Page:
The Core and Circuit share similar specs and are shod in the same Michelin Pilot Sport 4 tires on their 18-inch wheels. The Morizo edition sports grippier Pilot Sort Cup 2 kicks and receives the aforementioned boost bump, among other changes. All versions make use of an all-wheel drive system with three fixed presets. Regular driving sends 60 percent of power to the front, with the remaining 40 sent to the rear. Track mode gives the GR Corolla an even 50-50 split, while the third setting gives the hot hatch a 30-70 rear bias split. We call that the fun one.

In the 50-50 track setting, the GR Corolla is all business, keeping drama to a minimum and favoring a more technical performance. The 30-70 split would be the way to go for those wishing to steer with their right foot, but on our sun-baked track and the Morizo's sticky Cup 2 tires, it took great effort to influence car rotation. It was easier with the Core and Circuit's tires, but the result wasn't a series of power slides, the vehicle simply tracked out a bit farther on corner exit.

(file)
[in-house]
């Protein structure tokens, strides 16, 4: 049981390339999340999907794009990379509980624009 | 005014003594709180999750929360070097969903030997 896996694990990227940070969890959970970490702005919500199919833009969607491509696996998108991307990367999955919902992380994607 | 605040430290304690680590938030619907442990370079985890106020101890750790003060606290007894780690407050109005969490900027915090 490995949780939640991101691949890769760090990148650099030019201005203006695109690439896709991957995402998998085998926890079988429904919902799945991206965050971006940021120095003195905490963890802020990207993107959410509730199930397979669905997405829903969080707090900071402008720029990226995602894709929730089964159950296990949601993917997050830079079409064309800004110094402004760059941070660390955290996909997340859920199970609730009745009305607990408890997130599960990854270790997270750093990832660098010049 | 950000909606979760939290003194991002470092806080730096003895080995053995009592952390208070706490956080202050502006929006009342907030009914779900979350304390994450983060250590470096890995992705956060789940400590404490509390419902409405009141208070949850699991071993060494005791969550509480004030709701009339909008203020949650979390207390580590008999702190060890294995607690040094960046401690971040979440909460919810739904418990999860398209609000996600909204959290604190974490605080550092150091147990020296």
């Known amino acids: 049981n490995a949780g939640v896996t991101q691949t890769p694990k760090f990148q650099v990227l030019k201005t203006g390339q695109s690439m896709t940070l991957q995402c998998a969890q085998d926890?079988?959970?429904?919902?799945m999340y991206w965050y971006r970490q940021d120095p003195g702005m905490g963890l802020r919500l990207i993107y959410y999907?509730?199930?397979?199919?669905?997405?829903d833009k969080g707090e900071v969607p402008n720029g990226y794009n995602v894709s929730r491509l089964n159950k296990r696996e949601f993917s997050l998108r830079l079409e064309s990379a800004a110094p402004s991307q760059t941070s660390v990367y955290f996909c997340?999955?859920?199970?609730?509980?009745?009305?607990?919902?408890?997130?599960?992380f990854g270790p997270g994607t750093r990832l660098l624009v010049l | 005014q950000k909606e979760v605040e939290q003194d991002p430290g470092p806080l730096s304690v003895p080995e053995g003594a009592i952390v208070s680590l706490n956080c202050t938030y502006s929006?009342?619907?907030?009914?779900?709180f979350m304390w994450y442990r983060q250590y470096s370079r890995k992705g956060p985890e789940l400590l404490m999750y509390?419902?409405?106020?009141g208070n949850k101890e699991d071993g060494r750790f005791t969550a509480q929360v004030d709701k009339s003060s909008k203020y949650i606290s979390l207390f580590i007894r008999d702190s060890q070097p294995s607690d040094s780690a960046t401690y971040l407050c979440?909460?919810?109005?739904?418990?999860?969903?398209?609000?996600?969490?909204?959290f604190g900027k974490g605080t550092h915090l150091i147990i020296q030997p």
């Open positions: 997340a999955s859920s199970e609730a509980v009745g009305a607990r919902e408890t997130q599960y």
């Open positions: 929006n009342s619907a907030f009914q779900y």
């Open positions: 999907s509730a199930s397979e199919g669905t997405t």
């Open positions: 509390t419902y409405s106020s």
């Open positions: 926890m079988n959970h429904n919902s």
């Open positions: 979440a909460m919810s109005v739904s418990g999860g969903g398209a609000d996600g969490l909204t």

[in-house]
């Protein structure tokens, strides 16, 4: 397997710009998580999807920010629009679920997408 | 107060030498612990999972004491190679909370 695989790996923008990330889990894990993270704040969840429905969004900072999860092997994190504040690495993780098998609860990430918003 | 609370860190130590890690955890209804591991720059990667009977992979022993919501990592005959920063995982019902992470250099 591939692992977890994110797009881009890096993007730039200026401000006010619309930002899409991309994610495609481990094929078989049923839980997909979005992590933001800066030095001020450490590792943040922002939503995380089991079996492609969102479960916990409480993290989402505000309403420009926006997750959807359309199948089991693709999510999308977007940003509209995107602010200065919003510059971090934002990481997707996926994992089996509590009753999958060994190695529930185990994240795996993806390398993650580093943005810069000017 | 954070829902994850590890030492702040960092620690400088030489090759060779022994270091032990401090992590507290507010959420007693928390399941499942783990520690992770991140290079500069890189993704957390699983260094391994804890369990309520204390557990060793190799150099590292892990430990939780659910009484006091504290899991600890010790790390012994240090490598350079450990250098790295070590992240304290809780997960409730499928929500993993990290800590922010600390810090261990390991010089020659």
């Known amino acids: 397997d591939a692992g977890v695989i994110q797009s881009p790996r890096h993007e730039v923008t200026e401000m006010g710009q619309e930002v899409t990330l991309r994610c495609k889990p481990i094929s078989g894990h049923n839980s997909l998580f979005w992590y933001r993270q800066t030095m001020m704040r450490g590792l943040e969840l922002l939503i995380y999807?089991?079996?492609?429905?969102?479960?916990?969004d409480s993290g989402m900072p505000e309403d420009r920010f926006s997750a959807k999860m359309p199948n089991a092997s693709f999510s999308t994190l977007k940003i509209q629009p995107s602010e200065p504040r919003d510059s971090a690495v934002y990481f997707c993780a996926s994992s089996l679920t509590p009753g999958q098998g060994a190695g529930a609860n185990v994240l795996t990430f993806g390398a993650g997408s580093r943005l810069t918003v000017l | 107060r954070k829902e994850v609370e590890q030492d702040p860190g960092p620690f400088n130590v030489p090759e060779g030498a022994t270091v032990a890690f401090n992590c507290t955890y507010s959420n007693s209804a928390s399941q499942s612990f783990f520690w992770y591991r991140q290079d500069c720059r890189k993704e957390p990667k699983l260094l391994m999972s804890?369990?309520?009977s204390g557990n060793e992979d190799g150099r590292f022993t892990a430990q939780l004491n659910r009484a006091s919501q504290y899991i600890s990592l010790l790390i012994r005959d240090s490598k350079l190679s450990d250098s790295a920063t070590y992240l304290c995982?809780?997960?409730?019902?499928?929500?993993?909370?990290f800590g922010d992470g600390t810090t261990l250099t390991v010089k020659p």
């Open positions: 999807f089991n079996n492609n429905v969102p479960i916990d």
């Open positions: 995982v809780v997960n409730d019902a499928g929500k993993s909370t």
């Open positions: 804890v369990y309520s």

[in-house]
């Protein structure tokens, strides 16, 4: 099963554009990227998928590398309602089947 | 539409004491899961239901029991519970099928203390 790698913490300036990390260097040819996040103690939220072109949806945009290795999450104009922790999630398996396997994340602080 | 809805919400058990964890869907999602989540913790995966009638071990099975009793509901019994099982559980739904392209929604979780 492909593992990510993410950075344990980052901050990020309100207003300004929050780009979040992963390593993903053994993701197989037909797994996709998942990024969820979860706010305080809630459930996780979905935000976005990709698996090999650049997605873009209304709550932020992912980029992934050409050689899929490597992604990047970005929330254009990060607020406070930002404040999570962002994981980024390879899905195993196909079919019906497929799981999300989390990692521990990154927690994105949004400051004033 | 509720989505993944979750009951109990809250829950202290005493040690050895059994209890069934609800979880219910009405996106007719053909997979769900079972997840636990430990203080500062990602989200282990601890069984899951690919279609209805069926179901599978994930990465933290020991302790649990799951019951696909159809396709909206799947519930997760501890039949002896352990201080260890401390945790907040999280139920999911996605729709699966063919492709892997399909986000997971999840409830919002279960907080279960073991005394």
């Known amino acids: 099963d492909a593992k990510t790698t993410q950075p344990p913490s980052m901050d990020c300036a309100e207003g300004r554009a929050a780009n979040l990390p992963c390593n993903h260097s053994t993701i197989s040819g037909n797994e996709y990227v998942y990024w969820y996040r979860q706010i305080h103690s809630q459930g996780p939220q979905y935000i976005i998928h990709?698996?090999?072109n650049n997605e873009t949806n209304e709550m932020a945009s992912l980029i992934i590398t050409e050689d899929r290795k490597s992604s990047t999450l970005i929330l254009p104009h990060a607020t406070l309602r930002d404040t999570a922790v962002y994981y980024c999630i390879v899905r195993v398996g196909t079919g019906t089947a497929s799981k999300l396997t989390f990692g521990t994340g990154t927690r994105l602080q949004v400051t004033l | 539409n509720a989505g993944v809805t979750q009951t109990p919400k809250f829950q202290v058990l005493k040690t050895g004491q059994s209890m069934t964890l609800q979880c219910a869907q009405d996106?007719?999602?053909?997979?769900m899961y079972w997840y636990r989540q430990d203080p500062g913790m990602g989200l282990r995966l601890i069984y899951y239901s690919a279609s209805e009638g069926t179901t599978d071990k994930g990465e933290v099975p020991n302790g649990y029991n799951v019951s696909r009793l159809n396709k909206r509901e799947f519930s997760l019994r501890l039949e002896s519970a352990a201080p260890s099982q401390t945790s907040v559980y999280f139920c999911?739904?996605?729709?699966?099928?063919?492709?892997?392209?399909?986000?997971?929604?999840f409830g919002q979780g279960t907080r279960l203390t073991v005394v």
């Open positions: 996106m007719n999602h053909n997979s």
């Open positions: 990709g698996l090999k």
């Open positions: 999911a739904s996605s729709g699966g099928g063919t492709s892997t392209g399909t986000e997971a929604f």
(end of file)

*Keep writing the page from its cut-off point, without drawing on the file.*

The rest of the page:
Performance Pal

Out of the gate, the GR Corolla's small but mighty engine whirs to life and give the car what I'd call sprightly enthusiasm. It won't throw anyone into the back of their headrests but it's zippy enough to get up to the playful speeds it's designed to deliver.

While it may not be a straight-line screamer in its stock form, the GR Corolla puts its best foot forward when the road ahead bends. There are many lines to take through a corner, even though one is often the most ideal, and depending on the car and track conditions, missing it is either slow or risky. The GR Corolla is beatifically forgiving of a driver's imperfect corner entry, offering up control and stability like an overeager dinner host to make sure the person at the wheel gets through the other end, pointing the right way in time for the next bend.